Hosho was founded under the premise it could safely sell smart contract shovels in a tokenized gold rush – in fact, the company’s name itself means “security” in Japanese,
“We thought we were going to go to the moon and audit lots of ICOs,” Hartej Sawhney, co-founder and president of the company told CoinDesk in a phone call.
Founded in July 2017 and headquartered in Las Vegas, Hosho rode the wave of token sales, expanding quickly and building its brand with a high-profile conference. But by that point, crypto winter had already begun to hit, with prices across major cryptocurrencies dropping, in some cases, 90 percent from their 2017 values.
So, despite the fact that the company now claims to have audited more smart contracts than anyone else in the world during its 17-month run, business slowed abruptly and the firm went from 37 employees to seven in a sweep of late-2018 layoffs.
“It was painful personally. I’ve never had to let go of that many people,” Sawhney said.
The leadership believed with a very small team of their leading technical employees and a new service offering in penetration testing, they could keep the business going until the industry came back.
The death of the robust ICO market with its plethora of new smart contracts was the main cause of Hosho’s contraction, according to Sawhney. It had an easy business as long as those kept going, but then the music stopped and business became much, much harder.
“We realized that the most important thing to us was to stay alive.”
Echoing some of the themes BlockEx spoke to when acknowledging its staff drawdowns, Sawhney noted that some of the decisions it’s made, while responsible, have now made surviving crypto winter more difficult.
For example, believing it could build the business on revenue, Hosho did not take venture funding. Arguing that good smart contract auditing at this stage still requires a sophisticated human element, it also didn’t do an ICO.
“There’s no reason to do ICOs if you’re auditing smart contracts,” Sawhney said.
As Sawhney tells it, things started taking a turn for the worse in the market around June or July, when “all of a sudden, we were seeing a lot less smart contracts to audit.”
Looking back, the signs that the industry had over-inflated were there. “The level of immaturity in this space in the first half of 2018 was very high,” he said.
Sawhney described auditing smart contracts that hadn’t even met the very basics of a project’s stated intention, such as advertising one token supply on a project’s website but listing another in its smart contract.
He ascribed this to negligence rather than maliciousness. Some teams he saw had clearly cut and pasted from another team’s smart contract without changing very much at all.
But other companies were prepared to take an unethical course, offering Hosho a large cut of their token emission if they would give their smart contracts a clean bill of health. As a U.S.-based company overseen by U.S. regulators, however, Hosho declined the business.
“We were told very scammy things,” he said.
One other sign that a freeze had taken hold: it wasn’t able to fill a conference featuring Andreas Antonopoulos.
Its conference, HoshoCon, only sold about 350 tickets for an event on blockchain security that ran from October 9 to 11 last year. In the end, it felt empty because the company ran it in one of the big Las Vegas convention spaces.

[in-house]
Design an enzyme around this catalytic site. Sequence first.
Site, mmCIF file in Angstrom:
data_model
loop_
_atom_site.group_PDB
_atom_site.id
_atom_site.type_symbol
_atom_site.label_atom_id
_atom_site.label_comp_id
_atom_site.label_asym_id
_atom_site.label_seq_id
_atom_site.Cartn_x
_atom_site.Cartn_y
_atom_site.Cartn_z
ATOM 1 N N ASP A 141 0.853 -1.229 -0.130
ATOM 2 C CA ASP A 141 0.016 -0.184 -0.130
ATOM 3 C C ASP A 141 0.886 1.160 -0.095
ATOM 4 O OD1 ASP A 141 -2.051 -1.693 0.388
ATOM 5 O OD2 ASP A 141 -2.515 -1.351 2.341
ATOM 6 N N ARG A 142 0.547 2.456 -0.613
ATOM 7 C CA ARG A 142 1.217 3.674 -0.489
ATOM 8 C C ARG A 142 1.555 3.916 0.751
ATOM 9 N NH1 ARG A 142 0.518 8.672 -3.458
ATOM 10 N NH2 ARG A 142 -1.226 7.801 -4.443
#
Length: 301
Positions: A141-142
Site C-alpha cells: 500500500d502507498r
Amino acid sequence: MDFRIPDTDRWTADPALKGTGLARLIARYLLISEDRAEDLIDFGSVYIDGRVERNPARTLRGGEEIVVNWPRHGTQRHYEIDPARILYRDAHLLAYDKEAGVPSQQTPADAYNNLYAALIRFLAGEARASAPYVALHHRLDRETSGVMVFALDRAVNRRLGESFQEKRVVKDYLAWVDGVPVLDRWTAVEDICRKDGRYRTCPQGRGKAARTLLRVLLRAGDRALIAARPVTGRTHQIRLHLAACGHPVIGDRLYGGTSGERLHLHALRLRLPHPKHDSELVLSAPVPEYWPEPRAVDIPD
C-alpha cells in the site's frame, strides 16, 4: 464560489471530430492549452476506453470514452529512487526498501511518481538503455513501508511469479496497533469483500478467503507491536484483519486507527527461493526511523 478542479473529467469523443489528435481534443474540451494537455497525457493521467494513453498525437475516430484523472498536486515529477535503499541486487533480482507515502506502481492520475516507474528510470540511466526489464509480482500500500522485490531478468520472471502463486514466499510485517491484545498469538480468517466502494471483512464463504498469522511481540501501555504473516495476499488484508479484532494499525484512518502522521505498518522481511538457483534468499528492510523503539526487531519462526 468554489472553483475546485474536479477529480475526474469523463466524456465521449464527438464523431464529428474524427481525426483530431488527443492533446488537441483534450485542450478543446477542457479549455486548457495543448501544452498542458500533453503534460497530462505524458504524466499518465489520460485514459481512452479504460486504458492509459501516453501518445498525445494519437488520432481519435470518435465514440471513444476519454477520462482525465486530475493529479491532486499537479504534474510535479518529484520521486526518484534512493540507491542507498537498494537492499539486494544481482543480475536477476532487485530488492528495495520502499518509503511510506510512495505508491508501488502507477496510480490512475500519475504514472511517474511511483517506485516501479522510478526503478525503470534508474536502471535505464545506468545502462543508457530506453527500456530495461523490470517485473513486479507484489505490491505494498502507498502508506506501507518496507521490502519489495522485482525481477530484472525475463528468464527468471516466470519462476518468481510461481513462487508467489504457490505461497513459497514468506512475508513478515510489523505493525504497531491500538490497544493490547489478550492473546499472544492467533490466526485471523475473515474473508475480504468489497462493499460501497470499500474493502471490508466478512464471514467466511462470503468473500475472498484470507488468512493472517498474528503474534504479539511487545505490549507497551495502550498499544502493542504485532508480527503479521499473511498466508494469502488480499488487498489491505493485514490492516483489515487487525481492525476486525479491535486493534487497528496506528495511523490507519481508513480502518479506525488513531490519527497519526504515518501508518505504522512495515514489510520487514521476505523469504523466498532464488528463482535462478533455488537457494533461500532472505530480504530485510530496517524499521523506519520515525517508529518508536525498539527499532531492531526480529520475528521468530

“HoshoCon was a success in my eyes,” Sawhney told us, saying losses there weren’t instrumental in the staffing cuts that came the next month. He added:
“The money that we lost isn’t money that we lost if we do it again, and we’re going to do it again.”
Shrink staff, expand services
Looking back, Sawhney sees a lot of things that they could have done differently during the boom.
“I would hire slower,” he said. “We got a little bit excited about going to the moon in this industry.”
He also would have hired broader. He let his staff convince him that their whole team needed to be based in the U.S., which makes for a very expensive team. Today, he’s very much focused on expanding the technical team in Ukraine.
Lastly, he doesn’t regret taking part of Hosho’s payments in crypto, but he would have excited more of it into fiat. Early on, they paid all their bills in their fiat income and held the crypto. He said:
“If ethereum is at $1,000 you feel like you’re a hedge fund. If ethereum is $200, you feel you should liquidate some of your ethereum to pay the bills.”
Still, Hosho sees a path to recovery. Its experience has allowed it to run leaner with more automated tools for its smart contract and protocol audits. “We are much faster than we were ever before,” he said.
But it’s not staying in that lane. Much of his team has white hat security services experiences and it’s selling those as well, to crypto firms or anyone who needs them.
“Today we have cryptocurrency exchanges losing two to $2.5 million per day,” he said, a point that Ledger’s CEO has emphasized on this site.
“A lot of these things can be avoided with regular penetration testing.” So, the company is spending a lot of time educating founders in crypto about best practices from other industries.
“We are really focused on expanding our presence into Asia,” he said, a place where he says there is much less competition for security talent and more blockchain growth.
The point is to keep the company afloat and its reputation strong until the overall industry comes back. He said:
“Basically it’s a game to stay alive.”
Hosho co-founder Hartej Sawhney image via Hosho/Facebook